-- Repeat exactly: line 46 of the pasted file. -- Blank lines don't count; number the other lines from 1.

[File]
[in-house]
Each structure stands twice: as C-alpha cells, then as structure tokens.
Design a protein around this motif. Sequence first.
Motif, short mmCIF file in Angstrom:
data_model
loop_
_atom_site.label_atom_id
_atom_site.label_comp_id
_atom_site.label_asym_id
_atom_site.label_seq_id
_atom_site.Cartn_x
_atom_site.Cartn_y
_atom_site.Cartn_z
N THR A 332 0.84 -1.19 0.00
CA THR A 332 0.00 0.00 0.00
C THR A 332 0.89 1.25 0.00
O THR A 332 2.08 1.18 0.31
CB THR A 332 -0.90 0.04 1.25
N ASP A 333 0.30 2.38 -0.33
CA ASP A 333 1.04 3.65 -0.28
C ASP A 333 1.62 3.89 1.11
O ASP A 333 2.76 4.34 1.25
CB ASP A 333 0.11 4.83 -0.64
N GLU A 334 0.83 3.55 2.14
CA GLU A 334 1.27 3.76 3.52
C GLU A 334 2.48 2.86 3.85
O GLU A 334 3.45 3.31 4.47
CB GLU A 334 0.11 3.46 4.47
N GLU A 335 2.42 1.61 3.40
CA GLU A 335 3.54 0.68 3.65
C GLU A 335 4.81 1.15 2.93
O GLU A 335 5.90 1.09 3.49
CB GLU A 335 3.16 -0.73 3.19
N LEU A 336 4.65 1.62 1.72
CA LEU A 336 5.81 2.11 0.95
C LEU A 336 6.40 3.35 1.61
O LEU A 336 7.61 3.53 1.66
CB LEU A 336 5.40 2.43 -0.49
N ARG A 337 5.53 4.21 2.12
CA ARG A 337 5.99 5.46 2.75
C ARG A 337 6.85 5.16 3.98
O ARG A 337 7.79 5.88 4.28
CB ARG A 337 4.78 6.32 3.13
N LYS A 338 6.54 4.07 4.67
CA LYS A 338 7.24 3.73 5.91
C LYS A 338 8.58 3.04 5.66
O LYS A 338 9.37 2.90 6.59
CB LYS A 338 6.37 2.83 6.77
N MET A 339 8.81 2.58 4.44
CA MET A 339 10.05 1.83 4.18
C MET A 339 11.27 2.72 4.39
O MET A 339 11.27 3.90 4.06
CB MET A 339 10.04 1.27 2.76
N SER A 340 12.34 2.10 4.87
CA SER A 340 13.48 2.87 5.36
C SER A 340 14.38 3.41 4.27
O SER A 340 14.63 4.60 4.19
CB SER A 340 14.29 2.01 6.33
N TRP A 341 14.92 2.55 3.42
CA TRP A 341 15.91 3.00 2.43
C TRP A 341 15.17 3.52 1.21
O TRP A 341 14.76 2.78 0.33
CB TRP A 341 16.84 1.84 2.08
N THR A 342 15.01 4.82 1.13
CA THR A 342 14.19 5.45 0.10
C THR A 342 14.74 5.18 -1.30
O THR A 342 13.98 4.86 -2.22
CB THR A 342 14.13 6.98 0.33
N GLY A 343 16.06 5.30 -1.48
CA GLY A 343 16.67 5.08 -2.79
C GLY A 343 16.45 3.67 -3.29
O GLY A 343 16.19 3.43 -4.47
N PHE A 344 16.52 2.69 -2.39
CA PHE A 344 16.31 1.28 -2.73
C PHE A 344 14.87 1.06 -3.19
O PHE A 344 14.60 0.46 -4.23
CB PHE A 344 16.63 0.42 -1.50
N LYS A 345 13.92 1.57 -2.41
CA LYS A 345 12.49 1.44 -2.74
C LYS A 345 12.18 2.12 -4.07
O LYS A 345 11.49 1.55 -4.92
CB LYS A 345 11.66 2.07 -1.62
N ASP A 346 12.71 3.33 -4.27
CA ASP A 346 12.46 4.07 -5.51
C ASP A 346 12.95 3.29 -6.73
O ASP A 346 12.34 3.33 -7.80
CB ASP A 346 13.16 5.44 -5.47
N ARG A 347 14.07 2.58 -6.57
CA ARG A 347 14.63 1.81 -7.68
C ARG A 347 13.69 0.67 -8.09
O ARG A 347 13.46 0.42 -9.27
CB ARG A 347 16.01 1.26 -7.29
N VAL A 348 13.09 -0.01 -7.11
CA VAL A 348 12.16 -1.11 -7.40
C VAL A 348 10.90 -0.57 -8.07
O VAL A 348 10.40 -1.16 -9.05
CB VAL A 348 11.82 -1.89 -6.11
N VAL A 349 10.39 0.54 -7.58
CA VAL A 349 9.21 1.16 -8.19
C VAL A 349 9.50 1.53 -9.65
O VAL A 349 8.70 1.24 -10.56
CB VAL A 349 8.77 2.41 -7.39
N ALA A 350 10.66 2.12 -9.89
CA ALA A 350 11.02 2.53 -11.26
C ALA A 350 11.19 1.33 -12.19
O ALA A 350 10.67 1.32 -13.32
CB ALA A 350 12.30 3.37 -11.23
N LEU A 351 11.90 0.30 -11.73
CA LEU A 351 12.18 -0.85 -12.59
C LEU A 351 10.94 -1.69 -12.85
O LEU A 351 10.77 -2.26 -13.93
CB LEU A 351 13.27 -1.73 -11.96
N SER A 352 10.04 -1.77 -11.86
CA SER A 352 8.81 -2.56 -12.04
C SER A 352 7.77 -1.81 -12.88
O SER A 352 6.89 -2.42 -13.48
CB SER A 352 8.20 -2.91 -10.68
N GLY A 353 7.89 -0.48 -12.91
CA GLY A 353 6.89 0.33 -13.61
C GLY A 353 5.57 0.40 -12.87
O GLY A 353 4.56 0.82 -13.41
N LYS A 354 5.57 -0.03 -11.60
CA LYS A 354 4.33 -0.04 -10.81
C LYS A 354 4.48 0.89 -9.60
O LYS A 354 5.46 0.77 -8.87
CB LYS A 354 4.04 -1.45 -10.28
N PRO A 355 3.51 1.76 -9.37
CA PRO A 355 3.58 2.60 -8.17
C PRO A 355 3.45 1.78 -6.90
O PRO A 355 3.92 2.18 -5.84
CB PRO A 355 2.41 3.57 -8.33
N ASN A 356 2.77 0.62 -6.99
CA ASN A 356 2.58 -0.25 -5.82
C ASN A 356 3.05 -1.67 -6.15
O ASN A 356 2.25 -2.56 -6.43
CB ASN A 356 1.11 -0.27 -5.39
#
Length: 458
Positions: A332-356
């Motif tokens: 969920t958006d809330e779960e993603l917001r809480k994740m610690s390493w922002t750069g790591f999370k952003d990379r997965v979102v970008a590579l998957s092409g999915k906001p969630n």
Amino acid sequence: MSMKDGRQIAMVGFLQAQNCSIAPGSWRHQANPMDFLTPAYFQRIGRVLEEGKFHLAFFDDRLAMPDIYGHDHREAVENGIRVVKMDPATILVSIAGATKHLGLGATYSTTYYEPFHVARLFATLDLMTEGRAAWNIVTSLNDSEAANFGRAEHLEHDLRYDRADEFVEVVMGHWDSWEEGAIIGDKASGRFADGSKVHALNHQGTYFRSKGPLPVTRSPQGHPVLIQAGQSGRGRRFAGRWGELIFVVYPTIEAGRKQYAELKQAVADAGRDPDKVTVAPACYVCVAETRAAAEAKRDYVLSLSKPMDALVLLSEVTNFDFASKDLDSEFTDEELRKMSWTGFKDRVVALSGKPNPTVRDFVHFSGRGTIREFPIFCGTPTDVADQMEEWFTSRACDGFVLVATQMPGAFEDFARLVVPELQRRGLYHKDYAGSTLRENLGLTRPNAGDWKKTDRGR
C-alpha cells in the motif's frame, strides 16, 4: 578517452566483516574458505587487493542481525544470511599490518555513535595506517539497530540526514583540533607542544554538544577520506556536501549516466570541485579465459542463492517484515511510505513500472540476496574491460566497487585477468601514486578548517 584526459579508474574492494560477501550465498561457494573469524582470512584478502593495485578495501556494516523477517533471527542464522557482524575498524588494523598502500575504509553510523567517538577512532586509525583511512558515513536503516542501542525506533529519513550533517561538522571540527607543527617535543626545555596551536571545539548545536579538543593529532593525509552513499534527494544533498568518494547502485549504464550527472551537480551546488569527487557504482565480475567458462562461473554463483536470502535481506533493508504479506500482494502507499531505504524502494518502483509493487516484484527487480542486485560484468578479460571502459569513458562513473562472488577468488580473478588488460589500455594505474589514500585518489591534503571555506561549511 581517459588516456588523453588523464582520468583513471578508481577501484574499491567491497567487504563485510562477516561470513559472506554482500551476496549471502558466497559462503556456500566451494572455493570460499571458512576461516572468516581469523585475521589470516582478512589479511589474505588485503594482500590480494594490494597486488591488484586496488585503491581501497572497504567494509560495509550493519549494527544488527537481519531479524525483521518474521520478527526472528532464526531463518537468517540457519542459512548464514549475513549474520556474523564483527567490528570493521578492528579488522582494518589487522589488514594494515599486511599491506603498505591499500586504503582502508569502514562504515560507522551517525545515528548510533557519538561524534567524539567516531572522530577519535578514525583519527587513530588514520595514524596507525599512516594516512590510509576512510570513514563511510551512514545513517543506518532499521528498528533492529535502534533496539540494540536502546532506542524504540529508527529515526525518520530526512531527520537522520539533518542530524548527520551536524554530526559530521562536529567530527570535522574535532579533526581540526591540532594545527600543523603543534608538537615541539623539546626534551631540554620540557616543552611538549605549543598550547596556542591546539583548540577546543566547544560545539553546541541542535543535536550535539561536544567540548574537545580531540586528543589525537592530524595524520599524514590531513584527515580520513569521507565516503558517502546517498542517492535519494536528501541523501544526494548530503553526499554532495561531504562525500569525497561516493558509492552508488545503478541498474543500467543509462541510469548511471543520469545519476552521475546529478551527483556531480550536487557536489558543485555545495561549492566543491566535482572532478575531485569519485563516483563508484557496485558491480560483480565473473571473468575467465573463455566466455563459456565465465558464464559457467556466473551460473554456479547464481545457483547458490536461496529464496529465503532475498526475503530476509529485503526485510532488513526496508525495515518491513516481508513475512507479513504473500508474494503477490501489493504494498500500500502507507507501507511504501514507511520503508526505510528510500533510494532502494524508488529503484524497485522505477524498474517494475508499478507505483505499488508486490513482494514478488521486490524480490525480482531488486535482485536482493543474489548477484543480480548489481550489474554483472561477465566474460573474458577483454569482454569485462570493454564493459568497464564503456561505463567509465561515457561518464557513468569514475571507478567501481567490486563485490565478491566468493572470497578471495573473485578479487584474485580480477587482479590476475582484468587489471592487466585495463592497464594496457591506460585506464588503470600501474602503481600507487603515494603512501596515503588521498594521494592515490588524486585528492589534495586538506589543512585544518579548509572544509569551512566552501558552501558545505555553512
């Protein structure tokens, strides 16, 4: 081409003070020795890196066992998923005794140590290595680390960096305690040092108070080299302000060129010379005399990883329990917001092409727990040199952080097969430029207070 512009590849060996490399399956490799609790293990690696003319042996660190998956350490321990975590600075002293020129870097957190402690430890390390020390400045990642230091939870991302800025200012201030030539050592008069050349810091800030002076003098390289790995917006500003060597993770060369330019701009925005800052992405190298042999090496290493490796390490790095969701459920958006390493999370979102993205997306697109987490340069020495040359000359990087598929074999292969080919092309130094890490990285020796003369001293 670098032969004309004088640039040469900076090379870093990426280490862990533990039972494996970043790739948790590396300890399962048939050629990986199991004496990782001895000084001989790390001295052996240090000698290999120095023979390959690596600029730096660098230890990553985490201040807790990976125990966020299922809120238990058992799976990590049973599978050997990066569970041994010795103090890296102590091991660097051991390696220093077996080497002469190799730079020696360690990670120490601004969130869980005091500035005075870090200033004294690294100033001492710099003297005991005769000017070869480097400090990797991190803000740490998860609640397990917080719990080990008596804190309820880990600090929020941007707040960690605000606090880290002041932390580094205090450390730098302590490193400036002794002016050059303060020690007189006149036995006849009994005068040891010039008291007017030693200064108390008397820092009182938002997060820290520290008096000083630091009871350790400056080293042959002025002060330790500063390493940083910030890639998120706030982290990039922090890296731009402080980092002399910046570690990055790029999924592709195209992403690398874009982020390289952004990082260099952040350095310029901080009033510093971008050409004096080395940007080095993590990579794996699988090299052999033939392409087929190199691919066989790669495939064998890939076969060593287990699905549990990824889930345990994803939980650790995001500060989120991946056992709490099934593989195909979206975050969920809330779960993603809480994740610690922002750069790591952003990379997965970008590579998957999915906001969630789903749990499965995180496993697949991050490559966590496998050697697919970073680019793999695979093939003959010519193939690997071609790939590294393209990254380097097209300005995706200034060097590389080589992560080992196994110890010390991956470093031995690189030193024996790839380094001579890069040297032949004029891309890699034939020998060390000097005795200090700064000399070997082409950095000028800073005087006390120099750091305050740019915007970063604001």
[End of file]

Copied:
C LYS A 338 8.58 3.04 5.66